Acclimation of leaf nitrogen and canopy NPP to light

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Dewar R.C., 1996. The correlation between plant growth and intercepted radiation: an interpretation in terms of optimal plant nitrogen content. Annals of Botany 78, 125-136.

. See also Dewar (1996).

Following Hirose and Werger (1987), leaf nitrogen is assumed to be distributed inside the canopy so as to maximize gross canopy photosynthesis. This assumption considerably simplifies the spatial integration of assimilation over the canopy (Kull \& Jarvis 1995).

The simplification arises because, at each level within the crown, the optimal value of ni(and therefore the light-saturated value of Ai) is found to be proportional to local irradiance. This result enables the canopy integration to be done analytically (Charles-Edwards 1982;Dewar 1996). When this procedure is applied to Equation 11, daily gross crown photosynthesis can be expressed as:


where is the mean instantaneous irradiance intercepted by the crown (=).

Crown nitrogen content nc} can also be defined as a function of the nitrogen content of plant unshaded leaves () as:


where and are mean instantaneous irradiance reaching the top of the canopy and experienced by an unshaded leaf, respectively, and k} is a light extinction coefficient (of value 0.5 for random leaf angle distribution).

The relationship between maintenance respiration and tissue nitrogen content is known to be approximatively linear (Ryan 1991). Whole-plant maintenance respiration is therefore given by:


where np} is total plant nitrogen content and r} is the daily rate of maintenance respiration per unit nitrogen. For simplicity, a common r value is assumed here for all plant parts.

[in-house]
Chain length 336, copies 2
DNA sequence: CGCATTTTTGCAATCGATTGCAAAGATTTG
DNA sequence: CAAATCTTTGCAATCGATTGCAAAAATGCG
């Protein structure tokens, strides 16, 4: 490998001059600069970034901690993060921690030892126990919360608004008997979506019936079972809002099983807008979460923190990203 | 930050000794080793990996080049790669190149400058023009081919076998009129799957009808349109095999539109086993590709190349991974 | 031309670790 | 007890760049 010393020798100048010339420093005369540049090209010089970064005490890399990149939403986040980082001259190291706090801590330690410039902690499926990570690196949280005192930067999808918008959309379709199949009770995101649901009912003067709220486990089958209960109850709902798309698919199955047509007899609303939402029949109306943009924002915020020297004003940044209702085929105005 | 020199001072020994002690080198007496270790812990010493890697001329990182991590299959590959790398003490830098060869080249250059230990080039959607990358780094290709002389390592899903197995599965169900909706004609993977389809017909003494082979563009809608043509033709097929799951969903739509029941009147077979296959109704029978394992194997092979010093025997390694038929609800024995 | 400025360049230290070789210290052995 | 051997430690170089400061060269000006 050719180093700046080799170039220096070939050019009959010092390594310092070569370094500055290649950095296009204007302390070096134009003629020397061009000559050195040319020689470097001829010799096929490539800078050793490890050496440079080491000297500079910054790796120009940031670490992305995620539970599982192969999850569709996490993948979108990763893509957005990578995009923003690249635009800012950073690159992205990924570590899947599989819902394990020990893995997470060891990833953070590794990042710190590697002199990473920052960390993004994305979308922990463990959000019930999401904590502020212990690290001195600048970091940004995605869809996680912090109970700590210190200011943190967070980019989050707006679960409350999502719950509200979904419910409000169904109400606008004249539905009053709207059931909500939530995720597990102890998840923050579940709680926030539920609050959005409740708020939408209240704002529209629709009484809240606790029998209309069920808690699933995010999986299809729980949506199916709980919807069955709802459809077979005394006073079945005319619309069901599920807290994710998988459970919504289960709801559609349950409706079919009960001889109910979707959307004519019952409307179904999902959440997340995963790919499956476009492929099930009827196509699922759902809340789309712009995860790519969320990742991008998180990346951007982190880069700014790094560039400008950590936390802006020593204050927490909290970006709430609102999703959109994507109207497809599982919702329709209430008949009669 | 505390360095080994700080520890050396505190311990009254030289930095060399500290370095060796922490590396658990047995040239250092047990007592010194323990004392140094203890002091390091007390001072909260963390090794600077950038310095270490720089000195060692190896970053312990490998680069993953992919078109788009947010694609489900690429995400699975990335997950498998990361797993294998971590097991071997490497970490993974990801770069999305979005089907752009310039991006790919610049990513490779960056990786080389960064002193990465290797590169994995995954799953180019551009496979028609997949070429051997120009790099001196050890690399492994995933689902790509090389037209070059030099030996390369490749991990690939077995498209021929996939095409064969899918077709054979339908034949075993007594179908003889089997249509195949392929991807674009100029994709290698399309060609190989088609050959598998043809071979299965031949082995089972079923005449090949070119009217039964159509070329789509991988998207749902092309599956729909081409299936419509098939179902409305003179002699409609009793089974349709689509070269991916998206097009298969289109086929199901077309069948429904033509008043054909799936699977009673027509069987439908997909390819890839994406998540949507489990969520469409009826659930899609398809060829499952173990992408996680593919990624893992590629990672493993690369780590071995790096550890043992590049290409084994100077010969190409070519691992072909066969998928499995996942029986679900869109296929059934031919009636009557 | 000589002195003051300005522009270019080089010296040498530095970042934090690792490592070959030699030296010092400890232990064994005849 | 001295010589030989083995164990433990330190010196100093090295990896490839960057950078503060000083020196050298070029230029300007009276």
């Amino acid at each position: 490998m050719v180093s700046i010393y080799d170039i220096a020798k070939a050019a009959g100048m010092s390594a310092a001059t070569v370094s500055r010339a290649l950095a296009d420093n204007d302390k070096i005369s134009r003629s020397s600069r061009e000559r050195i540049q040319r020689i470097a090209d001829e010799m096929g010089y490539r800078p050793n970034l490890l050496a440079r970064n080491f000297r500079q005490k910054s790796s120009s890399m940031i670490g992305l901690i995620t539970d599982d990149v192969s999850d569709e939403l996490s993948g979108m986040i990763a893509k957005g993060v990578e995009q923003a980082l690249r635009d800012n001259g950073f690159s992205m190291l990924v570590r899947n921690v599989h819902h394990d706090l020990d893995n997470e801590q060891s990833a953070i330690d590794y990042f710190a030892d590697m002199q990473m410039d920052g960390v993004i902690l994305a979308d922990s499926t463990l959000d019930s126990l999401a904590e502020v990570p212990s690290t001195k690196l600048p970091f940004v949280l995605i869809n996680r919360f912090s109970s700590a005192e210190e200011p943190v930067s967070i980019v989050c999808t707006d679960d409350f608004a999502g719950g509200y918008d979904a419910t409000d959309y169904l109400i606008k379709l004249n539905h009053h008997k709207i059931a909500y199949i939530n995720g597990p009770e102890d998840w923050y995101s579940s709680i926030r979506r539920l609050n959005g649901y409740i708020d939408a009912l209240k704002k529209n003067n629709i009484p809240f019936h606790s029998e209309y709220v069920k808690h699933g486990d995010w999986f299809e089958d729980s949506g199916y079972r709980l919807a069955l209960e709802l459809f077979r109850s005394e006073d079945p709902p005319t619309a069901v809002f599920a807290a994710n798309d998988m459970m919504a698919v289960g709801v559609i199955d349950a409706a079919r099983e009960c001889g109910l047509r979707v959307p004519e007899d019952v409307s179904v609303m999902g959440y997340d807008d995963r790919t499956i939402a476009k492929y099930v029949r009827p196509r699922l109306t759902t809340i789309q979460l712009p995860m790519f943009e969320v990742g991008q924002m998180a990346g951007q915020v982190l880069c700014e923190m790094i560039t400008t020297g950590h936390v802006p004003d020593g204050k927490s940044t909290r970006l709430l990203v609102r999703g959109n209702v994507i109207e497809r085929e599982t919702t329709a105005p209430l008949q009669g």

Total plant nitrogen content can be expressed in terms of crown content as:


The parameters and , which represent the ratio of nitrogen content of sapwood and fine roots, respectively, to the nitrogen content of the crown, will be a precise function of plant allometry (to be further elaborated).

Daily plant growth respiration is proportional to daily NPP}(Thornley \& Johnson 1990):


where the factor 0.25 accounts for the biosynthetic efficiency of conversion of sugars to structural dry matter (Johnson 1990). Plant daily net primary production is then given by:


where the factor 0.8 again accounts for biosynthetic efficiency.

In the above model, daily gross canopy photosynthesis is a saturating function of canopy nitrogen content (Equation 25), whilst plant maintenance respiration increases linearly with nc} (Equation A3). Hence, for a given plant leaf area index, there is an optimal crown (and leaf) nitrogen content ( ) at which plant net primary production has a maximum value ( ) which is proportional to .

The value of for a given crown light interception can be obtained analytically from Equations A1, A3 and A6, with the result:


where is a dimensionless parameter combination:


which characterizes the relative nitrogen sensitivities of maintenance respiration (numerator) and light-saturated crown photosynthesis (denominator).

Optimal leaf nitrogen content under unshaded conditions (as presented in Equation 13) can be hence derived by combining Equations A2 and A7.

In summary, two optimisation steps have been applied in sequence to obtain optimal crown nitrogen content. In step 1 (Equation A1), the distribution of nitrogen within the crown was optimized for a given total crown content nc, so as to maximize crown gross photosynthesis. This is equivalent to maximizing <NPPc> at fixed nc}. In step 2 (Equation A7), crown nitrogen content nc} was then optimized. The net result is the same as if we had performed an unconstrained optimisation of nitrogen content within the crown.